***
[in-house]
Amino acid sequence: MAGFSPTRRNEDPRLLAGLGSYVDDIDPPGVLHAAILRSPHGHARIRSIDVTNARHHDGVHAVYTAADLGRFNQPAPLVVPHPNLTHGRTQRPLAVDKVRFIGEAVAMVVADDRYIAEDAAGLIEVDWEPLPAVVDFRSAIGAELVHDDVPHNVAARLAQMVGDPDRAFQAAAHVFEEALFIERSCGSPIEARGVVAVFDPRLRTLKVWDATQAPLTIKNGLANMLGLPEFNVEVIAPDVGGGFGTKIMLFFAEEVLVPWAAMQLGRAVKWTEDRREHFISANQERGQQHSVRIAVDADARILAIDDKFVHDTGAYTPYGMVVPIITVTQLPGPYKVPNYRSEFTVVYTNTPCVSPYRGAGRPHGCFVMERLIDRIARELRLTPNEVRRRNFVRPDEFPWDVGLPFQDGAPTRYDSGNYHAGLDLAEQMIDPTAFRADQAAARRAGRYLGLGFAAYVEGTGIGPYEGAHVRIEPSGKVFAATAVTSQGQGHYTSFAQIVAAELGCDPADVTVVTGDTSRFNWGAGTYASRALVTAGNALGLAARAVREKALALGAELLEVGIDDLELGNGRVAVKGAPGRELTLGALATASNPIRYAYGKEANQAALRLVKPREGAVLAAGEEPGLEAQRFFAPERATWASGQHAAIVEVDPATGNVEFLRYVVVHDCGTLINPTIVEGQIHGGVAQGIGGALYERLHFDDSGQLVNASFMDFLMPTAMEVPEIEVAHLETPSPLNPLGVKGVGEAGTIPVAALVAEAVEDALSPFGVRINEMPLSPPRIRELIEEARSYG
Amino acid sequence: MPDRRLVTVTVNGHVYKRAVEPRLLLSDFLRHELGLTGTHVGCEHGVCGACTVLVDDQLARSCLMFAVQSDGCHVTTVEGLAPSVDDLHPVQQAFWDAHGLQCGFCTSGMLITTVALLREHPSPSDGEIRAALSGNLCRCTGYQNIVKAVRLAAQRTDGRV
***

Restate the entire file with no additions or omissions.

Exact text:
[in-house]
Amino acid sequence: MAGFSPTRRNEDPRLLAGLGSYVDDIDPPGVLHAAILRSPHGHARIRSIDVTNARHHDGVHAVYTAADLGRFNQPAPLVVPHPNLTHGRTQRPLAVDKVRFIGEAVAMVVADDRYIAEDAAGLIEVDWEPLPAVVDFRSAIGAELVHDDVPHNVAARLAQMVGDPDRAFQAAAHVFEEALFIERSCGSPIEARGVVAVFDPRLRTLKVWDATQAPLTIKNGLANMLGLPEFNVEVIAPDVGGGFGTKIMLFFAEEVLVPWAAMQLGRAVKWTEDRREHFISANQERGQQHSVRIAVDADARILAIDDKFVHDTGAYTPYGMVVPIITVTQLPGPYKVPNYRSEFTVVYTNTPCVSPYRGAGRPHGCFVMERLIDRIARELRLTPNEVRRRNFVRPDEFPWDVGLPFQDGAPTRYDSGNYHAGLDLAEQMIDPTAFRADQAAARRAGRYLGLGFAAYVEGTGIGPYEGAHVRIEPSGKVFAATAVTSQGQGHYTSFAQIVAAELGCDPADVTVVTGDTSRFNWGAGTYASRALVTAGNALGLAARAVREKALALGAELLEVGIDDLELGNGRVAVKGAPGRELTLGALATASNPIRYAYGKEANQAALRLVKPREGAVLAAGEEPGLEAQRFFAPERATWASGQHAAIVEVDPATGNVEFLRYVVVHDCGTLINPTIVEGQIHGGVAQGIGGALYERLHFDDSGQLVNASFMDFLMPTAMEVPEIEVAHLETPSPLNPLGVKGVGEAGTIPVAALVAEAVEDALSPFGVRINEMPLSPPRIRELIEEARSYG
Amino acid sequence: MPDRRLVTVTVNGHVYKRAVEPRLLLSDFLRHELGLTGTHVGCEHGVCGACTVLVDDQLARSCLMFAVQSDGCHVTTVEGLAPSVDDLHPVQQAFWDAHGLQCGFCTSGMLITTVALLREHPSPSDGEIRAALSGNLCRCTGYQNIVKAVRLAAQRTDGRV